Seven tips for making homeschool connections

New homeschoolers, or those newly transplanted, can sometimes find it difficult to meet others. However, a few simple ideas may help you get started:

1) Homeschoolers are a very diverse lot, so you will likely meet a wide variety of people. Give yourself time to find and build relationships with the families that are compatible with yours.

2) State, regional and local discussion lists are very helpful for learning about your local homeschool support and activity groups, as well as for “meeting” the many homeschoolers not affiliated with any group.

3) Park days can help you become more familiar with your local homeschooling community. If there isn’t an established park day in your area, initiate one; it takes little time or energy. Simply pick a date, time and location and invite members of a homeschool group or discussion list. Keep it casual, and meet at a park with a playground or other activity area for children-and preferably, with a picnic pavilion nearby. This seems to work particularly well, because a park is neutral territory, and parents and children have a chance to ease into friendships.

4) If your local group is particularly large, or if you simply wish to, invite just a few prospective friends-those to whom you feel some connection-to a “private” park day or event.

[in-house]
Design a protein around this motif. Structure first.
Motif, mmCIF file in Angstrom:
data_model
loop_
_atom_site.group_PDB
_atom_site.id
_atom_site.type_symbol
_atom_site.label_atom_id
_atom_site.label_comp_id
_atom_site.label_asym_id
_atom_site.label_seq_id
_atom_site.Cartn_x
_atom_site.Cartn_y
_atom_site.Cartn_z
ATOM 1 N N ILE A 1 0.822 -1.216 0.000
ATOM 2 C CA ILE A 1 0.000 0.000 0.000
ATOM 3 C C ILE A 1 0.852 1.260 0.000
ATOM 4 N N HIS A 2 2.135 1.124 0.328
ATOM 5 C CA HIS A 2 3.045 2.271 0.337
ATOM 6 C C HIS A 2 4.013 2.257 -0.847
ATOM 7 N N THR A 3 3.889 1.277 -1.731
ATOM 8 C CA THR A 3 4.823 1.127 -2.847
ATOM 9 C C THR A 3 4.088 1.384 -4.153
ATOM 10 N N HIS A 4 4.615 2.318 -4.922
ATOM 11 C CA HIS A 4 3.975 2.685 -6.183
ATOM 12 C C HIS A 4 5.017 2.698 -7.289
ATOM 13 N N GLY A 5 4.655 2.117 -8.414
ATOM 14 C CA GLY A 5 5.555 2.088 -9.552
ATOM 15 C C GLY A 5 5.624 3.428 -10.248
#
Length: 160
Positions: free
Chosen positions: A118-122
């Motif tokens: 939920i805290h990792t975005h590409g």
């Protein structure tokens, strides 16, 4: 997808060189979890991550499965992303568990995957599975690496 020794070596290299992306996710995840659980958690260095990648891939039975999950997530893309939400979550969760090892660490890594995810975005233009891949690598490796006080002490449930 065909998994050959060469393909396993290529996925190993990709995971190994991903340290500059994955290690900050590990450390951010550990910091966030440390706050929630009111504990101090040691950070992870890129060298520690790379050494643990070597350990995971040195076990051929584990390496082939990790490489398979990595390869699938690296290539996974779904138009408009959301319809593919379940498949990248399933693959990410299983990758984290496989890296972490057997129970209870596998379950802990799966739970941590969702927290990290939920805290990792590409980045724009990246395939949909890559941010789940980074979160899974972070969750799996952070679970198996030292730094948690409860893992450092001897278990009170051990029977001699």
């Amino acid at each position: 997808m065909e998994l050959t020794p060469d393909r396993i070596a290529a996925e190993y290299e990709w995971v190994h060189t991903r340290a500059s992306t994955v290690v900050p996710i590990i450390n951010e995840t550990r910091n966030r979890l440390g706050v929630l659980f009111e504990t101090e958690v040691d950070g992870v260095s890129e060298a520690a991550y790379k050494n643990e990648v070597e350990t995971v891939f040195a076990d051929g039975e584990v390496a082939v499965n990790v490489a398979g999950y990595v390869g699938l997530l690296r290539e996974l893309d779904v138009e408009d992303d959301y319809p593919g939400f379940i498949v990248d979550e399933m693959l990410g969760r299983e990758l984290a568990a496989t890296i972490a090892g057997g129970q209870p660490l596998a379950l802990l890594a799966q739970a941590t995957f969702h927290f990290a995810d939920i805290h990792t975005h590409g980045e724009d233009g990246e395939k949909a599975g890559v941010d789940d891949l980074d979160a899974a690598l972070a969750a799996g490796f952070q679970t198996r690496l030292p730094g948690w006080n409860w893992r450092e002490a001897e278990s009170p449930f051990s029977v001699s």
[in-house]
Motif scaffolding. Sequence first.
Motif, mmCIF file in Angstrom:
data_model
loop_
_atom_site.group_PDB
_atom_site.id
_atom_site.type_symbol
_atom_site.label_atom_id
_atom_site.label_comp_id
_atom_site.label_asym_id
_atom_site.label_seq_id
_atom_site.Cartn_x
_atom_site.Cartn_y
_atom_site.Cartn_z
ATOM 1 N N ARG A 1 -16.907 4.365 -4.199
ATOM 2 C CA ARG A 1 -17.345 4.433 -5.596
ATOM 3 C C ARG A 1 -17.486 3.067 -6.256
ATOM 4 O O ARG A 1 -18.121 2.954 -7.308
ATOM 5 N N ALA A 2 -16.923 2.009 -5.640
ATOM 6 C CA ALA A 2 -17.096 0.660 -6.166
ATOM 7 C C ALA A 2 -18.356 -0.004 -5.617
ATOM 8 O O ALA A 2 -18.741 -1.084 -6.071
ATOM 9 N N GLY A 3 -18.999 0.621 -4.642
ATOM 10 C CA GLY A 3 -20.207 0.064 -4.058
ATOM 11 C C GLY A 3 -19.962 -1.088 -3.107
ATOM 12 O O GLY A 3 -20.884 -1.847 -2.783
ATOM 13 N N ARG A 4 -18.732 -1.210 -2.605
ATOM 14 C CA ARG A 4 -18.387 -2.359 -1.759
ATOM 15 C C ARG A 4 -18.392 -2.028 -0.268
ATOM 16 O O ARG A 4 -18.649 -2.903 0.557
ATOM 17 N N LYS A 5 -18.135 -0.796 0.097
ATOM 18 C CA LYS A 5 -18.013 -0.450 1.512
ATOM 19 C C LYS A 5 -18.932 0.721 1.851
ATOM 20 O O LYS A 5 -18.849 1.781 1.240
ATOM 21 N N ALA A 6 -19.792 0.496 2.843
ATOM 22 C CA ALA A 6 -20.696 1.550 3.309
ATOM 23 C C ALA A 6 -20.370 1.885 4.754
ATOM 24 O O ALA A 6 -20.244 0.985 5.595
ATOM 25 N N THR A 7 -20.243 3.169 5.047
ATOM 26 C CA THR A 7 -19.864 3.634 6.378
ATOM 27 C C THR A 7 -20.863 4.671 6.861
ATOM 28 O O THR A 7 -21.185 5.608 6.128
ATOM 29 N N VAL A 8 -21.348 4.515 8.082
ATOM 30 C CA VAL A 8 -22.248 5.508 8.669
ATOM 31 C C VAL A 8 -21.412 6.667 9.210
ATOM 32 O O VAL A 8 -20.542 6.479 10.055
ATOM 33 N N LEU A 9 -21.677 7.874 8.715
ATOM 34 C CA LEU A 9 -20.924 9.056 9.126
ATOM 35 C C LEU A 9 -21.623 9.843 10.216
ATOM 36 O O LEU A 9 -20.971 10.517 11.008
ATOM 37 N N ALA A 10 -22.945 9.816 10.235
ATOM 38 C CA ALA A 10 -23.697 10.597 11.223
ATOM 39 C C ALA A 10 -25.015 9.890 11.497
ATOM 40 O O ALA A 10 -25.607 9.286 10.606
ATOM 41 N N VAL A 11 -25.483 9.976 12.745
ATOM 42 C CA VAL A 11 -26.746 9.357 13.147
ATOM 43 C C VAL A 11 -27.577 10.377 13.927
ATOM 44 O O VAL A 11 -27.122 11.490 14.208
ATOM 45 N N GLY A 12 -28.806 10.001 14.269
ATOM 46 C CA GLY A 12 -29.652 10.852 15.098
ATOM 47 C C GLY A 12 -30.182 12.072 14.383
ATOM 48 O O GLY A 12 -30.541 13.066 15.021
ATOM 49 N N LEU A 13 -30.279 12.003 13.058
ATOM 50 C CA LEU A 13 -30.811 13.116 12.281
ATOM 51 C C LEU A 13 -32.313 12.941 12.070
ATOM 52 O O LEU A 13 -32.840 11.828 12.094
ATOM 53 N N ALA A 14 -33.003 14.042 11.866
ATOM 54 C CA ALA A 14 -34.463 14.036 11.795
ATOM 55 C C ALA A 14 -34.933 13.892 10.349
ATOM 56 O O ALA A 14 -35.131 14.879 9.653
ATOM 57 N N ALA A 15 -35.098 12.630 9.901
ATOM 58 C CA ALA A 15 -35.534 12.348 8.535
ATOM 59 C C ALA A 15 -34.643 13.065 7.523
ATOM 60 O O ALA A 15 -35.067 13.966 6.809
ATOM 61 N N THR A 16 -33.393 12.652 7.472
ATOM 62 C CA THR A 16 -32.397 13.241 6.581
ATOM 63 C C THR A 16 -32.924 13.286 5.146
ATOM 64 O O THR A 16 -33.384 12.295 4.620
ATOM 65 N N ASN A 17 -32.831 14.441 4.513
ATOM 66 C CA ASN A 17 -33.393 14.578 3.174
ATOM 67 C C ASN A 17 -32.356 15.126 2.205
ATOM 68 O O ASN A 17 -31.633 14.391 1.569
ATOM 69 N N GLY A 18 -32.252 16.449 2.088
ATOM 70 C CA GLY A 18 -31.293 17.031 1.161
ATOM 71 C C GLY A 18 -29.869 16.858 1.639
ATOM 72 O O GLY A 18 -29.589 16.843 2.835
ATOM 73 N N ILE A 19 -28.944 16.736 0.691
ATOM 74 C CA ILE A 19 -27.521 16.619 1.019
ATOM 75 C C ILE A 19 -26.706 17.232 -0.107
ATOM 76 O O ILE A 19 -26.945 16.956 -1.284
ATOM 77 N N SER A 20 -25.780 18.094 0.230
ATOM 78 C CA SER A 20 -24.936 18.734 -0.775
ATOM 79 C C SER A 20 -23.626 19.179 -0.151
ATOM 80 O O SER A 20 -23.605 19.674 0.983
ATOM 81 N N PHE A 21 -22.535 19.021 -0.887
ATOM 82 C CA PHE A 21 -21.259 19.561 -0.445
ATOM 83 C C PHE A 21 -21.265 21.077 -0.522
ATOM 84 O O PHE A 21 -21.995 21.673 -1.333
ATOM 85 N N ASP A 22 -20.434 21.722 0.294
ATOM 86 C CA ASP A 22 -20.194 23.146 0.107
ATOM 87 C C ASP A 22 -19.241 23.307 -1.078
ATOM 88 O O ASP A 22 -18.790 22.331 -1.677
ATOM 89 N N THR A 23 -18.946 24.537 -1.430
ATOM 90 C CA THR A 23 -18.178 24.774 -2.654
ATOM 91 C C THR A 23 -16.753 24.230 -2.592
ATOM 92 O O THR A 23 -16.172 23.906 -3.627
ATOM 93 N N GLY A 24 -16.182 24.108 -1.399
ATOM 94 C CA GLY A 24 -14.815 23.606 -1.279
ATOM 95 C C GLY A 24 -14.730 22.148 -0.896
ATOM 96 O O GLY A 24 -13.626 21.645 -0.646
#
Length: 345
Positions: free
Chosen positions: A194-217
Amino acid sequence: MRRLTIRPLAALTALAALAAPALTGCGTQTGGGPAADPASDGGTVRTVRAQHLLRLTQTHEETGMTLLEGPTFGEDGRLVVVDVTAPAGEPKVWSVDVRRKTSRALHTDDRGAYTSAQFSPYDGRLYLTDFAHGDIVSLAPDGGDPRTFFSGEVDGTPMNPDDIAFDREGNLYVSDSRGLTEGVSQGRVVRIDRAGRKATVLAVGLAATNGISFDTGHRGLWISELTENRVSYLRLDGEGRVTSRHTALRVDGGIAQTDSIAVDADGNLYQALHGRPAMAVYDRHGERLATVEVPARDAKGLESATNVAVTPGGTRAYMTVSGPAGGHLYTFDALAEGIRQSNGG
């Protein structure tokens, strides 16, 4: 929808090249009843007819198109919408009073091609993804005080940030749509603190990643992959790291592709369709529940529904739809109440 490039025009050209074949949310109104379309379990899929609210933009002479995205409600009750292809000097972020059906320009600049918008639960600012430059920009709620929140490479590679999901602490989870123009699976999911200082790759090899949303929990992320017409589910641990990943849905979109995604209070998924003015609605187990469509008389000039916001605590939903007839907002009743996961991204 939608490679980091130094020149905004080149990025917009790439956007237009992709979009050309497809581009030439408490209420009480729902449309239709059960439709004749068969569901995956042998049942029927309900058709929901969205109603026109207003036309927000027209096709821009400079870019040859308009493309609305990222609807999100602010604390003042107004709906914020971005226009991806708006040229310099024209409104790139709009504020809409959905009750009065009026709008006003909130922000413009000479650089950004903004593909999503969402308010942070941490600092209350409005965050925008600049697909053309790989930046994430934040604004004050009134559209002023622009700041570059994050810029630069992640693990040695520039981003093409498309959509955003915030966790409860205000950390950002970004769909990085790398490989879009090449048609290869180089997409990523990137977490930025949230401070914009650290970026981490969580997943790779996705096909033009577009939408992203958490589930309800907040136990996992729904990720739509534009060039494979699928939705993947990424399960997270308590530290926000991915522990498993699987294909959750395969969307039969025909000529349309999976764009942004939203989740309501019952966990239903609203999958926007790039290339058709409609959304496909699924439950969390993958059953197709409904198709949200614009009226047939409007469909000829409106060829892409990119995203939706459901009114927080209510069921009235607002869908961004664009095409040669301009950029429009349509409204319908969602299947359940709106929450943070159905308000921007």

5) Field trips can be places to make connections, but often they are best only for superficial introductions, because the focus is on the event or location at hand, and side discussions may interfere with others’ enjoyment of the tour or activity. However, some field trips lend themselves more to discussions, especially if a picnic lunch is included in the schedule. Again, you can easily initiate your own event, open to all, or to a few.

6) One-time activities with 1 or 2 other families can provide a setting that allows you to become more familiar with potential new friends, without committing before you feel ready. Hold a craft day, go apple picking, play softball, have a picnic or go bike riding together.

7) Once you feel connected to a few people, start a regular get-together, or meet with each family on an individual basis. Expect that you may have to work at maintaining connections, but remember that the payoff-good, long-term homeschool friends-will be worth the effort.

You may also like, “Confessions of a homeschool exclusionist,” “Shay’s favorite books on healthy boundaries,” and “Shay’s rules for operating within the homeschool community.”

© 2002, 2005, 2010 Shay Seaborne. All rights reserved. Originally published in the newsletter of The Organization of Virginia Homeschoolers

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